On 15 February 1971, Britain goes decimal, resulting in a whole lot of new stamps. From now on, the pence values are indicated with a p.
The first group of decimal stamps runs to 1983 and includes a great deal of values, as this was a period of rampant inflation.
Again, the four higher values are printed in intaglio, and this is the group in which you include the modern £1 stamp.
From 1977, a new type of high value stamp is introduced, printed in photogravure, and therefore more like the low value stamps, only in a larger format.
Seeing that so many new values are added and various types of stamps are being used (light head on gradated background, dark head on light background and light head on dark background)
Royal Mail decides to clean up the series. Two developments play a major role here.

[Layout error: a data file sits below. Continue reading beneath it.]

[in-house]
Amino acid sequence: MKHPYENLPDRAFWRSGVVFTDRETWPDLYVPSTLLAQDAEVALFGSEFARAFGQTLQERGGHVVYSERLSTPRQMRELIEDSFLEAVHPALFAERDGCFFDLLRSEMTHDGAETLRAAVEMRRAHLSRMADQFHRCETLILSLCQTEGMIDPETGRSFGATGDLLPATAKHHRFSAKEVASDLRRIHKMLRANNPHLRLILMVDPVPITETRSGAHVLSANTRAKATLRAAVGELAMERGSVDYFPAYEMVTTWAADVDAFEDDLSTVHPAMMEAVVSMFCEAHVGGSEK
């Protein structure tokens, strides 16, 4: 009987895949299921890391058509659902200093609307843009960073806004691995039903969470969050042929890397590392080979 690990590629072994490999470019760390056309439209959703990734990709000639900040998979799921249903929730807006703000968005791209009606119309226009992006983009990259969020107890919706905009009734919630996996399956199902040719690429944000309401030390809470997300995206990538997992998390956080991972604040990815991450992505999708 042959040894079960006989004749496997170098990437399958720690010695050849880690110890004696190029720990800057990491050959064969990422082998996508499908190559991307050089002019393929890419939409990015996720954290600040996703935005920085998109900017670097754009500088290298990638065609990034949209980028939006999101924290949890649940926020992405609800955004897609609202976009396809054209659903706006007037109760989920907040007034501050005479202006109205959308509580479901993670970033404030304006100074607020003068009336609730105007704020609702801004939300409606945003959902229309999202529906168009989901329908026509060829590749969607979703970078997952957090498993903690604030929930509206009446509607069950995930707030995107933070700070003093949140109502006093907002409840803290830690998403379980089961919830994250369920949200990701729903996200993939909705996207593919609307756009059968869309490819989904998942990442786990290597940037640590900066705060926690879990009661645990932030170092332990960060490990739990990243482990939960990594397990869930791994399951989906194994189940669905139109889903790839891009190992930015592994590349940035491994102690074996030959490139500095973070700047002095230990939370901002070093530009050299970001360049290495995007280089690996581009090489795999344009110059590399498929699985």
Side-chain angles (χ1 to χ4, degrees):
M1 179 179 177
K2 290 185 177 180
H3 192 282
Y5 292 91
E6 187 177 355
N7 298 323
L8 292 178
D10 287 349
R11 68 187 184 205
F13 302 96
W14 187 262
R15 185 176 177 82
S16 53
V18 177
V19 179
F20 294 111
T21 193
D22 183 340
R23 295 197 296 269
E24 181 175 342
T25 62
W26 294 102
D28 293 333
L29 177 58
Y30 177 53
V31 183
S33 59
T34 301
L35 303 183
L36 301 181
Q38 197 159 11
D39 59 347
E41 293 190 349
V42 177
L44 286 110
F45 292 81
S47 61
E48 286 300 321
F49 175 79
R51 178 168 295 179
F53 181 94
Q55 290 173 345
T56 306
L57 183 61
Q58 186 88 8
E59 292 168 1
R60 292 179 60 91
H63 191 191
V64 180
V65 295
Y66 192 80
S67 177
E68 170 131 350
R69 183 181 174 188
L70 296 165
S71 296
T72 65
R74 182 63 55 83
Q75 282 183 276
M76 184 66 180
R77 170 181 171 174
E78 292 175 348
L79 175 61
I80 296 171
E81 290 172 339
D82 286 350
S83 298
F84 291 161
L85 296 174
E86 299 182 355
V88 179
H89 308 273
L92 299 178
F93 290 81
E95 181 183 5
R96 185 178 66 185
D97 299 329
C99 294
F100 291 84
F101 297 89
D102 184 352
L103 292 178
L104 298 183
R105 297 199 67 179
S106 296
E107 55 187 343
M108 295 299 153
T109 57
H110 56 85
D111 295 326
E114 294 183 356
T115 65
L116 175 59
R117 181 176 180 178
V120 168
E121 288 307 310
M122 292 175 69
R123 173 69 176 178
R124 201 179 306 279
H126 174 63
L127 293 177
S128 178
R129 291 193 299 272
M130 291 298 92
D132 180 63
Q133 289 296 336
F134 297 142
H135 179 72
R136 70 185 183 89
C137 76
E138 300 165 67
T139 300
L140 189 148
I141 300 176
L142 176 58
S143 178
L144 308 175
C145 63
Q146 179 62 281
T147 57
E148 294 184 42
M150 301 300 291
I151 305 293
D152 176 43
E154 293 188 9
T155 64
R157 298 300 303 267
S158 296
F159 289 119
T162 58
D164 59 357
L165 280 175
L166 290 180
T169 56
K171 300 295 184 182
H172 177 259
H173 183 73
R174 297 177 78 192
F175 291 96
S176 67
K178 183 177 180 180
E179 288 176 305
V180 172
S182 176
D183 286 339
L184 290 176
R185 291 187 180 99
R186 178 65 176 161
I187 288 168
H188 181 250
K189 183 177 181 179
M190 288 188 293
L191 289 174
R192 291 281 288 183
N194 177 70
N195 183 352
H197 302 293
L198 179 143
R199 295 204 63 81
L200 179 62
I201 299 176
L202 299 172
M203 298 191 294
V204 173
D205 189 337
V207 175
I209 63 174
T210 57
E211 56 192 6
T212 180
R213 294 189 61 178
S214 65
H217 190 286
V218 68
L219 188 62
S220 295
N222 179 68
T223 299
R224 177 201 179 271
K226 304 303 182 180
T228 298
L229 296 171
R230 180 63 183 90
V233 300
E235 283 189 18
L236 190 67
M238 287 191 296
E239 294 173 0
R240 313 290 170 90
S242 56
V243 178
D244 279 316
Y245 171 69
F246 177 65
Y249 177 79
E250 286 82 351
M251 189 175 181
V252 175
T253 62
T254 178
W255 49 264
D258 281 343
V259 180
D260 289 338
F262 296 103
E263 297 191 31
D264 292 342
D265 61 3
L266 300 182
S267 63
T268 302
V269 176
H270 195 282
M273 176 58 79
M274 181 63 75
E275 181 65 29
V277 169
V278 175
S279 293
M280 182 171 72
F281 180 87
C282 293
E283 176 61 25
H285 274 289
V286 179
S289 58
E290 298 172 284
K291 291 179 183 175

The first dates from 1983 and entails the introduction of a new letter type. The bulky letter type used turned out to be problematic for large values like 19½p.
Stamp designer Jeffery Matthews was taken on board to design a new and more compact letter type. This new letter type is introduced in 1983 and is still used today.
Most figures are easily recognizable, but in case of doubt, look at the recent stamps with elliptical perforations: these all have the Jeffery Matthews letter type.
The second development was to stop using all those different sub types and to create a standard stamp: a light head on a dark background, just as Arnold Machin had wanted it to be.
Again, Jeffery Matthews was involved. In 1988, he created a colour palette of 30 colours.
In 1999, three colours are added,
and now, to mark the series’ ruby jubilee, Jeffery Matthews created a ruby colour for the £1 stamp.